Announcing “The Alexandria’s Freedmen’s Cemetery: A Legacy of Freedom Book Pre Orders

Now Available –Alexandria’s Freedmen’s Cemetery: A Legacy of Freedom

First, I want to thank all of the descendants for giving me the opportunity to research and connect their family to the Freedmen’s Cemetery. I truly feel that their ancestors have made me a part of their family.

The book is now available through Amazon at
https://www.amazon.com/Alexandrias-Freedmens-Cemetery-American-Heritage/dp/1467140015/ref=sr_1_2?ie=UTF8&qid=1542229048&sr=8-2&keywords=Char+McCargo+Bah.

Also the book is available through the Alexandria Black History Museum (ABHM) in Alexandria, VA. I will be launching my book signing at ABHM on February 9, 2019. If you live in the area, you might want to buy the book in Alexandria from ABHM. Some of the proceeds will go to the Alexandria Black History Museum.

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The Way It Was: Calvin D. Terrell

Sitting down talking to Calvin D. Terrell was like going back in time to the 1940s. Although I wasn’t born for another 15 years later, Mr. Terrell took me back to his world when he was a child living in the Seminary section of Alexandria.

He was able to tell me what Seminary Road, Quaker Lane, Bailey Cross Roads and King Street looked like from the time he was a child. He named the families that were up and down one side of the street to the other side of the street giving me the family ties to different family members who lived in the area.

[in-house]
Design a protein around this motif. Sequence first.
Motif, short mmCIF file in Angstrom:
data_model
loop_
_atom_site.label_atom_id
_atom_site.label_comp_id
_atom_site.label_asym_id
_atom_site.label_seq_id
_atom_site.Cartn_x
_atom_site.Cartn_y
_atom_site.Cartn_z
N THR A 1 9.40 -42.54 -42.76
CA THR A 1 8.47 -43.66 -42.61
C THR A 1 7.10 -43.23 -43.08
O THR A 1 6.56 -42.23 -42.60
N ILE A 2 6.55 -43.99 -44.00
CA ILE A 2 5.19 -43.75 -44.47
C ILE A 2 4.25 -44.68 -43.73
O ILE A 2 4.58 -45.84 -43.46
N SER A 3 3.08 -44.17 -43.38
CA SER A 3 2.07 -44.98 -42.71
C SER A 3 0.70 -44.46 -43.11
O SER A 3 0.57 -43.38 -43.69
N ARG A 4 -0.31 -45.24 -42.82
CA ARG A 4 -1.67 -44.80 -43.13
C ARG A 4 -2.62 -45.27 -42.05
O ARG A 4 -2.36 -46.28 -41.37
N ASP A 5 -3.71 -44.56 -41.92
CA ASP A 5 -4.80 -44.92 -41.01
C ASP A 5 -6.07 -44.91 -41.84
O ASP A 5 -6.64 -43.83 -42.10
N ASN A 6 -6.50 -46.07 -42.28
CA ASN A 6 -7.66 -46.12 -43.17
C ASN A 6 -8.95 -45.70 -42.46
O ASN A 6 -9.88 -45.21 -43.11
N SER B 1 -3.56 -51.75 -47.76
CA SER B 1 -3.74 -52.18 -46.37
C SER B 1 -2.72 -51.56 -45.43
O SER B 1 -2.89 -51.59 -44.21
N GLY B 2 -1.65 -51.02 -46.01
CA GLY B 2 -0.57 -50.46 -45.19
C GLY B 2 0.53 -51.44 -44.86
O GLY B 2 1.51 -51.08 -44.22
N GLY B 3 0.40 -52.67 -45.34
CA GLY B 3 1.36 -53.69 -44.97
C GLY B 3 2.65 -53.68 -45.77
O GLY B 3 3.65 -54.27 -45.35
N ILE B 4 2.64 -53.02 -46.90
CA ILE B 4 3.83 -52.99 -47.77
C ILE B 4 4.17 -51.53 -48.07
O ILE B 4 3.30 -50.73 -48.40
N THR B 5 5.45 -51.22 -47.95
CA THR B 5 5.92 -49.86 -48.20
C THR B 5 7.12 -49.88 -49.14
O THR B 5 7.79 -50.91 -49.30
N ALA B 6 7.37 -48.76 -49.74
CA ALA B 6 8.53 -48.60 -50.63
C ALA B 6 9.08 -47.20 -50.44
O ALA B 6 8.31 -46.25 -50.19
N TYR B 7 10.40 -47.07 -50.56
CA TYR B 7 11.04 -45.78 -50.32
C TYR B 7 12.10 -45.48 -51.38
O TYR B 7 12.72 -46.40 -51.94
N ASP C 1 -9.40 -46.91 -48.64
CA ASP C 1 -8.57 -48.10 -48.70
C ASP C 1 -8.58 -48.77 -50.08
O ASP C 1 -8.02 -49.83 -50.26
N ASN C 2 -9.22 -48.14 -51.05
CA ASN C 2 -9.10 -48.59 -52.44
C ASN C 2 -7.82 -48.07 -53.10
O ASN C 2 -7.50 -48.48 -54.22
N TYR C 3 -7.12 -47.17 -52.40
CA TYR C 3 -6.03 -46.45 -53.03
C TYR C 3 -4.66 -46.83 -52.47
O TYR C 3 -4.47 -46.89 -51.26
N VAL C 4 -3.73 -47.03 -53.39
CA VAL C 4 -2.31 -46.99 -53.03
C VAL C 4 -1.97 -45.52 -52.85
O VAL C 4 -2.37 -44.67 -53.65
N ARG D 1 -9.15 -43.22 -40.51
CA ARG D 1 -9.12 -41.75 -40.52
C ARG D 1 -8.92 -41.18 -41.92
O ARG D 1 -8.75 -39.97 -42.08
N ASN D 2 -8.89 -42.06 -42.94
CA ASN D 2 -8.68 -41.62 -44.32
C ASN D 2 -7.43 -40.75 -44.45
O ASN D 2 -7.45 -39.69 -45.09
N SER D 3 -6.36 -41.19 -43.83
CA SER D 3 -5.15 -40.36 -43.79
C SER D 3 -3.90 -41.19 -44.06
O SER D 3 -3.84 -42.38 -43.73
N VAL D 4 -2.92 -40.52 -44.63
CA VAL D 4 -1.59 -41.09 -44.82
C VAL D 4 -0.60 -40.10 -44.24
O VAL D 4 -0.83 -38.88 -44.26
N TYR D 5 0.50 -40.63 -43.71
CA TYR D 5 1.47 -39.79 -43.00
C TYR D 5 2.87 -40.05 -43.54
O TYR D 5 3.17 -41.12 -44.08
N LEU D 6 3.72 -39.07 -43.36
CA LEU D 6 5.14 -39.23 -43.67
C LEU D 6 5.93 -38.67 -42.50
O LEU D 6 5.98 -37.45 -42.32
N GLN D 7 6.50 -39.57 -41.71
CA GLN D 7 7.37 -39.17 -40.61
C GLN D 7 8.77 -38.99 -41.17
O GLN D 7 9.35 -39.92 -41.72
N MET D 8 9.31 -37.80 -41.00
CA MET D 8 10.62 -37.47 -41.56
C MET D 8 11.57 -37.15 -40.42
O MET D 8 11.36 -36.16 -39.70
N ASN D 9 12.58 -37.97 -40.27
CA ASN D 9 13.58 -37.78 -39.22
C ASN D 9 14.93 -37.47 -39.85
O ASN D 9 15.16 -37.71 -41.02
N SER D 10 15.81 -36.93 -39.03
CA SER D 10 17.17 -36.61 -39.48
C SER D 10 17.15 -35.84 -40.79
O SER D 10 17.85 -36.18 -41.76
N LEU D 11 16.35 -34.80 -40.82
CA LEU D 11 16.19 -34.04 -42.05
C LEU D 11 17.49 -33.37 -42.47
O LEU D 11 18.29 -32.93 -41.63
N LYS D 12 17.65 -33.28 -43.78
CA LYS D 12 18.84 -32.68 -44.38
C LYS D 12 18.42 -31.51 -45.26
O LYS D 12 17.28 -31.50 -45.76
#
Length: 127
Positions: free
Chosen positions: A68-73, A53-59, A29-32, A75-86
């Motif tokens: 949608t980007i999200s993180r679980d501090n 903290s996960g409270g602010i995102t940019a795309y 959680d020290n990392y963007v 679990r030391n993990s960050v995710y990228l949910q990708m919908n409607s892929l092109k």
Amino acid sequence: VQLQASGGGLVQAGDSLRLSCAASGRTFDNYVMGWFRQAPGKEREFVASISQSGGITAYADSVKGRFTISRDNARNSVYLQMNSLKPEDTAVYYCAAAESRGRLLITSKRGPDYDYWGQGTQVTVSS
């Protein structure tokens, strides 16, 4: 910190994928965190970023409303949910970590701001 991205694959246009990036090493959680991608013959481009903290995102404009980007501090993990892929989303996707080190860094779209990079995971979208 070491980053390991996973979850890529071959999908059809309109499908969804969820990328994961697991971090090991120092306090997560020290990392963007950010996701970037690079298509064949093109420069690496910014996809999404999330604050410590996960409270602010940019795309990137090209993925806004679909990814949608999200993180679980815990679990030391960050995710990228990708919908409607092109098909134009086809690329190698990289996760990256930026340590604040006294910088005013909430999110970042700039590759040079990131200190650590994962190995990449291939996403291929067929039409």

Mr. Calvin D. Terrell has a wealth of knowledge about the days gone by. You can read more about him in the Alexandria Gazette newspaper on page 8 dated March 4, 2020 at
http://connectionarchives.com/PDF/2020/030420/Alexandria.pdf.

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Black Women’s Suffrage Movement and Mary E. Dorsey

Laura, Mary and Hannah’s headstone

Mary Dorsey was the youngest child of Clem M. Dorsey and Hannah V. Lyles. She was born in 1882 in Alexandria, VA. In today’s world, it would have been unheard of for a single black woman who was a domestic and hair dresser to command the lifestyle, prestige and political involvement as Mary in the late 18th and 19th Century.

Mary and her sister, Laura M. Dorsey made their impact on history in Alexandria, Virginia in the Black Women’s Suffrage Movement. In future articles this year, I will continue telling the stories of other black women who took advantage of the 19th Amendment.

You can read more about Mary Ellen Dorsey in the Alexandria Gazette newspaper on pages 6 and 18 dated February 19, 2020 at http://connectionarchives.com/PDF/2020/021920/Alexandria.pdf.

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Clifton D. Wanzer: The View from the Air Traffic Controllers’ Tower

Clifton D. Wanzer
1971

Clifton D. Wanzer is the oldest son of Daniel Wanzer and Viola Williams. He grew up in the Seminary (West End) of Alexandria, Virginia. A great deal of Clifton’s life has been in the years of segregation, but that period did not stop him for sketching out a better life for himself and his family.

Clifton D. Wanzer
1950s Air Force –
Air Traffic Controller